overcoming deficiency status to achieve optimal vitamin d levels

by nutritionist Maxine Sheils BSc (Hons) 

Like all vitamins, vitamin D is essential to life, yet 50% of the UK adult population are estimated to have insufficient levels (1), with lower concentrations found in followers of vegetarian and vegan diets. (2) Whilst most vitamin D is produced via skin exposure to the sun, UV rays are not adequate to maintain sufficient status year-round in the UK; further, most food sources are of animal origin, leaving vegans in the UK at a higher risk of deficiency status.  

Vitamin D supports the health of bones, teeth, muscles and more

The literal meaning of vitamin is ‘vital – amine’ indicating a substance that is vital for life, and yet the role vitamin D plays in the body is actually one of a hormone rather than a vitamin. It is, though, just as essential for life as any other vitamin, performing numerous roles in the body, such as supporting the body in its ability to absorb and use calcium and phosphorous, which in turn supports normal blood calcium levels. Vitamin D supports the maintenance of bones, teeth and muscle function within the body. Looking specifically at bone health, both rickets and osteoporosis can occur when the balance of vitamin D and calcium is no longer optimal, leading to both softening and weakening of bones in the case of osteomalacia or the breakdown of bone leading to ‘porous bones’ in osteoporosis. Vitamin D has a direct effect on the health of muscle mass in that it supports cell differentiation, allowing muscle tissue to build whilst also exerting an indirect effect on muscle tissue via its ability to handle calcium, which is required to support muscle contraction, with contraction facilitating movement.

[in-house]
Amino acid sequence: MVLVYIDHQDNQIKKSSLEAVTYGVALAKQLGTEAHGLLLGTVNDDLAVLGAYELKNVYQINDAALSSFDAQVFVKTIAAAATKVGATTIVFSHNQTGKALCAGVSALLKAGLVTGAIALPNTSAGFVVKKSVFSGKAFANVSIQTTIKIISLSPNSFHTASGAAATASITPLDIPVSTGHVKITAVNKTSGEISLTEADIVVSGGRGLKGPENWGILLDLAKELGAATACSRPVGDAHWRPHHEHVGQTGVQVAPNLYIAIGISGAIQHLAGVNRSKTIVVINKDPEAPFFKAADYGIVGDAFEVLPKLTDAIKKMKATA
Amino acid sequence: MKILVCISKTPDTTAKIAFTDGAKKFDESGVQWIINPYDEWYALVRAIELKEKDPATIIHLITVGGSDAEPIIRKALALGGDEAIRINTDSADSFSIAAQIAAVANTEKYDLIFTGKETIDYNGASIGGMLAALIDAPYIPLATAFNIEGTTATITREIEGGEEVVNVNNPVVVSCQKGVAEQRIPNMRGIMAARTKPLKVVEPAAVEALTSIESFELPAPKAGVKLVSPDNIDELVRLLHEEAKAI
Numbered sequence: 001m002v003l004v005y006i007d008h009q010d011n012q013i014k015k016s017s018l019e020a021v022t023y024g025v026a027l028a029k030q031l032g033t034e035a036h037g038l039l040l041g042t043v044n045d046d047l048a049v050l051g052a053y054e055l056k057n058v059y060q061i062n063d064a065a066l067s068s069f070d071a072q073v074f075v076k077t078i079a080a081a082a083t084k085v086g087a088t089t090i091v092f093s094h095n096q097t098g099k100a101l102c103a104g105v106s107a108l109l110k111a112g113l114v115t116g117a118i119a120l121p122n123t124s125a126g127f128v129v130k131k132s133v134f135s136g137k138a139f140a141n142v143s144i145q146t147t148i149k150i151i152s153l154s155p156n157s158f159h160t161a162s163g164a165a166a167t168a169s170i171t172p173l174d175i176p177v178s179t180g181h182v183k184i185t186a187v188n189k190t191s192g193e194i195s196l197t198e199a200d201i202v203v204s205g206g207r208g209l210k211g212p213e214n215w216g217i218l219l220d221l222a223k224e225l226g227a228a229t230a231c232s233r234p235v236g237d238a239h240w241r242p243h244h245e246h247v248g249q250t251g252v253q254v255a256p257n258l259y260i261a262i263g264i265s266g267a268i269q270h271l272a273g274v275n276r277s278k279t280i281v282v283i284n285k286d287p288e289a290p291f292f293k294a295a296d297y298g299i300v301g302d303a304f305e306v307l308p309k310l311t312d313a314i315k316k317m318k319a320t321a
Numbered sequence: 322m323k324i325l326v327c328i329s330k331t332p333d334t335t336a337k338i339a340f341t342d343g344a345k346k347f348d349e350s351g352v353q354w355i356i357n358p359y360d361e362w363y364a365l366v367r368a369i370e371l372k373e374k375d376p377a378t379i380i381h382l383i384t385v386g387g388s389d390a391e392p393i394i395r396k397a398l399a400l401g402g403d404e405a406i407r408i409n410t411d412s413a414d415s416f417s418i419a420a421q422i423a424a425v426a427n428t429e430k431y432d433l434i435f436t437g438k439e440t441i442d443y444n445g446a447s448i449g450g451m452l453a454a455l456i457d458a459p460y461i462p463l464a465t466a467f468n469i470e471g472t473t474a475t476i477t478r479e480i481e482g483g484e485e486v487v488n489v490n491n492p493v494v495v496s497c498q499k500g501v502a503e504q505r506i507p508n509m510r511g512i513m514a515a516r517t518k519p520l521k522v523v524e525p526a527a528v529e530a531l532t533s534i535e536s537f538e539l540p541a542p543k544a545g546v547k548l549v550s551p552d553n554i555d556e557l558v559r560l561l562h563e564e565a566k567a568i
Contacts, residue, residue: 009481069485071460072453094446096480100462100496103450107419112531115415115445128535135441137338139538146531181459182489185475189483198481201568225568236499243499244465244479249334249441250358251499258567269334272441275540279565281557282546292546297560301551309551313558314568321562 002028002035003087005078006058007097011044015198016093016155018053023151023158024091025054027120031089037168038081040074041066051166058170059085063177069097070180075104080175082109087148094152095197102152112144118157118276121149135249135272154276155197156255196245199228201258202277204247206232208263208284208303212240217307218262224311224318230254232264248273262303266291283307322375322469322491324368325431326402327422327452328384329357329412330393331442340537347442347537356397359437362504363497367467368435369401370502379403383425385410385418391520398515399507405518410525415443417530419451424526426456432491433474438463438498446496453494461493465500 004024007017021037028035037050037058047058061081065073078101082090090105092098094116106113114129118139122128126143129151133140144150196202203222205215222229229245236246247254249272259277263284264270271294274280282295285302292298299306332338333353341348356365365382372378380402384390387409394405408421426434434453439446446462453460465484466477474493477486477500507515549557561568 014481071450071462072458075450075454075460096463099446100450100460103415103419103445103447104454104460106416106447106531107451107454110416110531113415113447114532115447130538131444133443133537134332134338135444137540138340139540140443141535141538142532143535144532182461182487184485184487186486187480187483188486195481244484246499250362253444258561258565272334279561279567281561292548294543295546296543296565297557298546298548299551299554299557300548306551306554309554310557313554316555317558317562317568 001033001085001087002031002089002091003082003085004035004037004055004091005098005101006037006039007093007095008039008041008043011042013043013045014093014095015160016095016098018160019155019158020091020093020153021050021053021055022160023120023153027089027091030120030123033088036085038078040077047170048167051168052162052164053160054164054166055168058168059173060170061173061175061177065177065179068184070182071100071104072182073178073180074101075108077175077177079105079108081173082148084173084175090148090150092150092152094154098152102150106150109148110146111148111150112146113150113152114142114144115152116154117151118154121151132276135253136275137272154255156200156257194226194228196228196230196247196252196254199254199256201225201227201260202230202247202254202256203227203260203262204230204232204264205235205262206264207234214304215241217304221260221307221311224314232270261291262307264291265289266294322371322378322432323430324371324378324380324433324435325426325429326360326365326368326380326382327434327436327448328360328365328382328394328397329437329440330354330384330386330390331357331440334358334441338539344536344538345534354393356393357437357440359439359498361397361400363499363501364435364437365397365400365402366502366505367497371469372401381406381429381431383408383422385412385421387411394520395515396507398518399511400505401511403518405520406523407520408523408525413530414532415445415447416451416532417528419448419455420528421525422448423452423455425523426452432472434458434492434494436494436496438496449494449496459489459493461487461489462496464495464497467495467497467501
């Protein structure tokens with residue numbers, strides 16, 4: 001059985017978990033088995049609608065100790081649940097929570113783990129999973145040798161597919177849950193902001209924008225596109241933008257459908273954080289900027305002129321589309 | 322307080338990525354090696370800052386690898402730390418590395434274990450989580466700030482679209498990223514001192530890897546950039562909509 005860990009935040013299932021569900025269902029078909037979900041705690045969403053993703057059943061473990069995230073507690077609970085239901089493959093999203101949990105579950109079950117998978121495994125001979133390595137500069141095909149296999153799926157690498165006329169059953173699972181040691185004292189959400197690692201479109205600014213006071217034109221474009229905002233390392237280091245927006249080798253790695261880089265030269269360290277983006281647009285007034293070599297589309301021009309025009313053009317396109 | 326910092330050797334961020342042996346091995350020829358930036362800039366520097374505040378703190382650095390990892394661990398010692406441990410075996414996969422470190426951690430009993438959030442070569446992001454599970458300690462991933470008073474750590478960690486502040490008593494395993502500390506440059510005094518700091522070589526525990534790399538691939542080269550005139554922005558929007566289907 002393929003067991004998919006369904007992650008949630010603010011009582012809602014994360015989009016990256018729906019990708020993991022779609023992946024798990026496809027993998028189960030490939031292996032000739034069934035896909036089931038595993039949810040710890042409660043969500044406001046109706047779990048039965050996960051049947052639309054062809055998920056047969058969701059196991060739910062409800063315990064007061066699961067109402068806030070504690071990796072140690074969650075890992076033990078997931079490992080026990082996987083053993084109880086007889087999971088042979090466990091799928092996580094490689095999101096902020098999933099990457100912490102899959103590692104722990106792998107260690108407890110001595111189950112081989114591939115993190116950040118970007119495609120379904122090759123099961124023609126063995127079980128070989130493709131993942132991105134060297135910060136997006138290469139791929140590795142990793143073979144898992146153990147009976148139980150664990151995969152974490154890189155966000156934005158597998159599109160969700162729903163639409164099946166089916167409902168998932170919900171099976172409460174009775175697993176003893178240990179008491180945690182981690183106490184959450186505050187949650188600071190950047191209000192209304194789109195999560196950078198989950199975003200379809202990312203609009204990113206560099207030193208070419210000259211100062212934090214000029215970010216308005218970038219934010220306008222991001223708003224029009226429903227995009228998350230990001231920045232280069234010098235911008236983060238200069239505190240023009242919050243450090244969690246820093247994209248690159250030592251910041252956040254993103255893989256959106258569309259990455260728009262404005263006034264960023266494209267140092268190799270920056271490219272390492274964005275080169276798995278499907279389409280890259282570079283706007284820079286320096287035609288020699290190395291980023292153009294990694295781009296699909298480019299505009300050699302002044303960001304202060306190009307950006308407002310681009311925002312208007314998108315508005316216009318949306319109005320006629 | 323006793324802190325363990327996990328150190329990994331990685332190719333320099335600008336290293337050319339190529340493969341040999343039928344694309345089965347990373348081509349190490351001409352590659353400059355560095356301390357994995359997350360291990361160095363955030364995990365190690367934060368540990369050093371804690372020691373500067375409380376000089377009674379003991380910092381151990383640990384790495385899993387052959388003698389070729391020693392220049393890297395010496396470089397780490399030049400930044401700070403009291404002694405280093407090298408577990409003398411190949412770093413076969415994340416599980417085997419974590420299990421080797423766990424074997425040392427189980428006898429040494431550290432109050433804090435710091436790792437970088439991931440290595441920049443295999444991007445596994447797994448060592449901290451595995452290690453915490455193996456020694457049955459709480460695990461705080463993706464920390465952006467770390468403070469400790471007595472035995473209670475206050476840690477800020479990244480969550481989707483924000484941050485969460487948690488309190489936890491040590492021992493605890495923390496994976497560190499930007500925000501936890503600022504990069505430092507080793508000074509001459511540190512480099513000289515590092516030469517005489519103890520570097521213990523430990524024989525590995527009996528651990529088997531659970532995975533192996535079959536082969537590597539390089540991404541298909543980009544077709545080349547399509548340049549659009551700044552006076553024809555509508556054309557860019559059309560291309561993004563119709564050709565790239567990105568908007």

The beneficial effects vitamin D has in maintaining calcium balance not only serves an advantage to the functioning of muscles but also on the central nervous system, the immune system, as well as vital organs such as the heart, brain and lungs. It is no wonder, therefore, that low vitamin D status is now linked to such a wide range of health conditions including cardiovascular disease, autoimmune conditions, neurodegenerative diseases and type 2 diabetes. (3)  

The role of the British weather and dietary sources of vitamin D in maintaining healthy levels

Daily sun exposure supports optimal vitamin D levels

Whilst the main source of vitamin D synthesis is skin exposure to the sun, there are many barriers to maintaining an optimal vitamin D status relying solely on this method. Given the climate in the UK, UV rays are not strong enough between the months of October and March to support vitamin D synthesis within the skin. Furthermore, cloud coverage, sunscreen use and clothing can all provide barriers to the skin’s natural production of vitamin D from UV exposure, even during the summer months. Finally, the skin’s production of vitamin D as a result of UV exposure is also affected by melanin levels in the skin, with darker skin tones requiring longer ‘unprotected’ exposure to the sun than lighter skin tones in order to achieve the daily requirement for vitamin D.